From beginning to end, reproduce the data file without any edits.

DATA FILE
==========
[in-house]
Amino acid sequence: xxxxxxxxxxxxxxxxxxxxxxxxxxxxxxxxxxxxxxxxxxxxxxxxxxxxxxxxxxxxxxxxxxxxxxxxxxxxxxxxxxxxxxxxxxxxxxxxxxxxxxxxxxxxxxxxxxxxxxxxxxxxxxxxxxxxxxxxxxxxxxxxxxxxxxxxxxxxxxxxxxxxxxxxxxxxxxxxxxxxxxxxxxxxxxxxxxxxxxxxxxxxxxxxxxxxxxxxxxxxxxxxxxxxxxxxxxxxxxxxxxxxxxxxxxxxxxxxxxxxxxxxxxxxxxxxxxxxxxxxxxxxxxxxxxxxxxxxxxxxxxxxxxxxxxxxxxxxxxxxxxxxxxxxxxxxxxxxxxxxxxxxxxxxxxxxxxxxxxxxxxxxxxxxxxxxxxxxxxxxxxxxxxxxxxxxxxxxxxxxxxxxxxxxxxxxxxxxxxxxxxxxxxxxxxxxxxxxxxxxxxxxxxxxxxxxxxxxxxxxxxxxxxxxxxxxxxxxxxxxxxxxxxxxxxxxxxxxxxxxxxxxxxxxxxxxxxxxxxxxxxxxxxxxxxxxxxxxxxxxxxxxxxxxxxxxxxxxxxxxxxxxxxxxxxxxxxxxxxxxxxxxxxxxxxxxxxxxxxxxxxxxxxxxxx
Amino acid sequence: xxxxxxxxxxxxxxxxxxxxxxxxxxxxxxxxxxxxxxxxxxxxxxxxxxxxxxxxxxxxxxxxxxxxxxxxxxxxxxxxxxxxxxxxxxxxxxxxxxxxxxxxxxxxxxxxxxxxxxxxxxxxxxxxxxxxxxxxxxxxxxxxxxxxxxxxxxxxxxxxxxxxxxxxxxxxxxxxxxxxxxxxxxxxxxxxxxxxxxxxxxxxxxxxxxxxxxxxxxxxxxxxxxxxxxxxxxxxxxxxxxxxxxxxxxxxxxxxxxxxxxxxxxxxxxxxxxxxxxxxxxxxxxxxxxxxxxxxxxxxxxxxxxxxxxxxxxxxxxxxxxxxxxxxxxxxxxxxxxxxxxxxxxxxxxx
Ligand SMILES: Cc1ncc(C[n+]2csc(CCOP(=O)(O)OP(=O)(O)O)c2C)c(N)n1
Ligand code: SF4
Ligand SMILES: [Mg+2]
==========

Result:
[in-house]
Amino acid sequence: xxxxxxxxxxxxxxxxxxxxxxxxxxxxxxxxxxxxxxxxxxxxxxxxxxxxxxxxxxxxxxxxxxxxxxxxxxxxxxxxxxxxxxxxxxxxxxxxxxxxxxxxxxxxxxxxxxxxxxxxxxxxxxxxxxxxxxxxxxxxxxxxxxxxxxxxxxxxxxxxxxxxxxxxxxxxxxxxxxxxxxxxxxxxxxxxxxxxxxxxxxxxxxxxxxxxxxxxxxxxxxxxxxxxxxxxxxxxxxxxxxxxxxxxxxxxxxxxxxxxxxxxxxxxxxxxxxxxxxxxxxxxxxxxxxxxxxxxxxxxxxxxxxxxxxxxxxxxxxxxxxxxxxxxxxxxxxxxxxxxxxxxxxxxxxxxxxxxxxxxxxxxxxxxxxxxxxxxxxxxxxxxxxxxxxxxxxxxxxxxxxxxxxxxxxxxxxxxxxxxxxxxxxxxxxxxxxxxxxxxxxxxxxxxxxxxxxxxxxxxxxxxxxxxxxxxxxxxxxxxxxxxxxxxxxxxxxxxxxxxxxxxxxxxxxxxxxxxxxxxxxxxxxxxxxxxxxxxxxxxxxxxxxxxxxxxxxxxxxxxxxxxxxxxxxxxxxxxxxxxxxxxxxxxxxxxxxxxxxxxxxxxxxxxxx
Amino acid sequence: xxxxxxxxxxxxxxxxxxxxxxxxxxxxxxxxxxxxxxxxxxxxxxxxxxxxxxxxxxxxxxxxxxxxxxxxxxxxxxxxxxxxxxxxxxxxxxxxxxxxxxxxxxxxxxxxxxxxxxxxxxxxxxxxxxxxxxxxxxxxxxxxxxxxxxxxxxxxxxxxxxxxxxxxxxxxxxxxxxxxxxxxxxxxxxxxxxxxxxxxxxxxxxxxxxxxxxxxxxxxxxxxxxxxxxxxxxxxxxxxxxxxxxxxxxxxxxxxxxxxxxxxxxxxxxxxxxxxxxxxxxxxxxxxxxxxxxxxxxxxxxxxxxxxxxxxxxxxxxxxxxxxxxxxxxxxxxxxxxxxxxxxxxxxxxx
Ligand SMILES: Cc1ncc(C[n+]2csc(CCOP(=O)(O)OP(=O)(O)O)c2C)c(N)n1
Ligand code: SF4
Ligand SMILES: [Mg+2]